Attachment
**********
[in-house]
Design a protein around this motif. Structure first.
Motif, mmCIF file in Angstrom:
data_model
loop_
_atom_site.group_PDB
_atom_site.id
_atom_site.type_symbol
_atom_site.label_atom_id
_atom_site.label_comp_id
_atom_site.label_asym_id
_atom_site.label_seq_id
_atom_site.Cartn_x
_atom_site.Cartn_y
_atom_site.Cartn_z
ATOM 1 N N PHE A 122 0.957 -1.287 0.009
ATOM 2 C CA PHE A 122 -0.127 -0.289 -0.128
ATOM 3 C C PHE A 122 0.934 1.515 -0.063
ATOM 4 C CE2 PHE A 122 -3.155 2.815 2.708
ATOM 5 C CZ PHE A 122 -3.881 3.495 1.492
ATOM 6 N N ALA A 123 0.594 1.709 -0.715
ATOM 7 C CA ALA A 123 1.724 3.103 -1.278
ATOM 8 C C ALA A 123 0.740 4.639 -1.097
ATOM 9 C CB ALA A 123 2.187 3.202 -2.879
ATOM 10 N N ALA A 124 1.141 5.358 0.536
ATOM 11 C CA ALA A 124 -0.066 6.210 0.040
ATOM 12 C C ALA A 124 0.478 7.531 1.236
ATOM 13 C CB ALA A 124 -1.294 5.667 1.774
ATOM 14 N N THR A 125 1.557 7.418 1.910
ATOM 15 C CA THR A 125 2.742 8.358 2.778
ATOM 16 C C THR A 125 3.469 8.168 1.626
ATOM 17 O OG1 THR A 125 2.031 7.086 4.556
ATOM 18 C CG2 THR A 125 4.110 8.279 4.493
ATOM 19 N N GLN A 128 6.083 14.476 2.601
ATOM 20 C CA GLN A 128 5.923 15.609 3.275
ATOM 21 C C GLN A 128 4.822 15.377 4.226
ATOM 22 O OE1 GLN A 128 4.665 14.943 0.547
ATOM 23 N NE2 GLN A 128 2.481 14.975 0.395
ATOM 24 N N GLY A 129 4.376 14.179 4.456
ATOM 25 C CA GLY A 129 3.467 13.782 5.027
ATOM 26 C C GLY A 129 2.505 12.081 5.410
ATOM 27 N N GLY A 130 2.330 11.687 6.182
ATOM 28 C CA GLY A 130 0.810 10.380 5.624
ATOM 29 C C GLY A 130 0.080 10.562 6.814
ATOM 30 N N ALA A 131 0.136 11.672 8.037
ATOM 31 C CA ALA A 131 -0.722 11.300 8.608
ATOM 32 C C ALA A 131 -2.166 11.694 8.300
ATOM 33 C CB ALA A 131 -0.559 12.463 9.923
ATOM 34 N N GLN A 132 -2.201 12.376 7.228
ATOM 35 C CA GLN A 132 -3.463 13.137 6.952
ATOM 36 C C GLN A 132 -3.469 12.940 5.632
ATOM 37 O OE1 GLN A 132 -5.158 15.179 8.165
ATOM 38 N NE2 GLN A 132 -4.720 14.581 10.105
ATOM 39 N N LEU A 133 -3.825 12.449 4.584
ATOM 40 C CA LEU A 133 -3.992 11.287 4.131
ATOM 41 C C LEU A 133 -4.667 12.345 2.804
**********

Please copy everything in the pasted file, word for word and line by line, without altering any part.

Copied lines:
[in-house]
Design a protein around this motif. Structure first.
Motif, mmCIF file in Angstrom:
data_model
loop_
_atom_site.group_PDB
_atom_site.id
_atom_site.type_symbol
_atom_site.label_atom_id
_atom_site.label_comp_id
_atom_site.label_asym_id
_atom_site.label_seq_id
_atom_site.Cartn_x
_atom_site.Cartn_y
_atom_site.Cartn_z
ATOM 1 N N PHE A 122 0.957 -1.287 0.009
ATOM 2 C CA PHE A 122 -0.127 -0.289 -0.128
ATOM 3 C C PHE A 122 0.934 1.515 -0.063
ATOM 4 C CE2 PHE A 122 -3.155 2.815 2.708
ATOM 5 C CZ PHE A 122 -3.881 3.495 1.492
ATOM 6 N N ALA A 123 0.594 1.709 -0.715
ATOM 7 C CA ALA A 123 1.724 3.103 -1.278
ATOM 8 C C ALA A 123 0.740 4.639 -1.097
ATOM 9 C CB ALA A 123 2.187 3.202 -2.879
ATOM 10 N N ALA A 124 1.141 5.358 0.536
ATOM 11 C CA ALA A 124 -0.066 6.210 0.040
ATOM 12 C C ALA A 124 0.478 7.531 1.236
ATOM 13 C CB ALA A 124 -1.294 5.667 1.774
ATOM 14 N N THR A 125 1.557 7.418 1.910
ATOM 15 C CA THR A 125 2.742 8.358 2.778
ATOM 16 C C THR A 125 3.469 8.168 1.626
ATOM 17 O OG1 THR A 125 2.031 7.086 4.556
ATOM 18 C CG2 THR A 125 4.110 8.279 4.493
ATOM 19 N N GLN A 128 6.083 14.476 2.601
ATOM 20 C CA GLN A 128 5.923 15.609 3.275
ATOM 21 C C GLN A 128 4.822 15.377 4.226
ATOM 22 O OE1 GLN A 128 4.665 14.943 0.547
ATOM 23 N NE2 GLN A 128 2.481 14.975 0.395
ATOM 24 N N GLY A 129 4.376 14.179 4.456
ATOM 25 C CA GLY A 129 3.467 13.782 5.027
ATOM 26 C C GLY A 129 2.505 12.081 5.410
ATOM 27 N N GLY A 130 2.330 11.687 6.182
ATOM 28 C CA GLY A 130 0.810 10.380 5.624
ATOM 29 C C GLY A 130 0.080 10.562 6.814
ATOM 30 N N ALA A 131 0.136 11.672 8.037
ATOM 31 C CA ALA A 131 -0.722 11.300 8.608
ATOM 32 C C ALA A 131 -2.166 11.694 8.300
ATOM 33 C CB ALA A 131 -0.559 12.463 9.923
ATOM 34 N N GLN A 132 -2.201 12.376 7.228
ATOM 35 C CA GLN A 132 -3.463 13.137 6.952
ATOM 36 C C GLN A 132 -3.469 12.940 5.632
ATOM 37 O OE1 GLN A 132 -5.158 15.179 8.165
ATOM 38 N NE2 GLN A 132 -4.720 14.581 10.105
ATOM 39 N N LEU A 133 -3.825 12.449 4.584
ATOM 40 C CA LEU A 133 -3.992 11.287 4.131
ATOM 41 C C LEU A 133 -4.667 12.345 2.804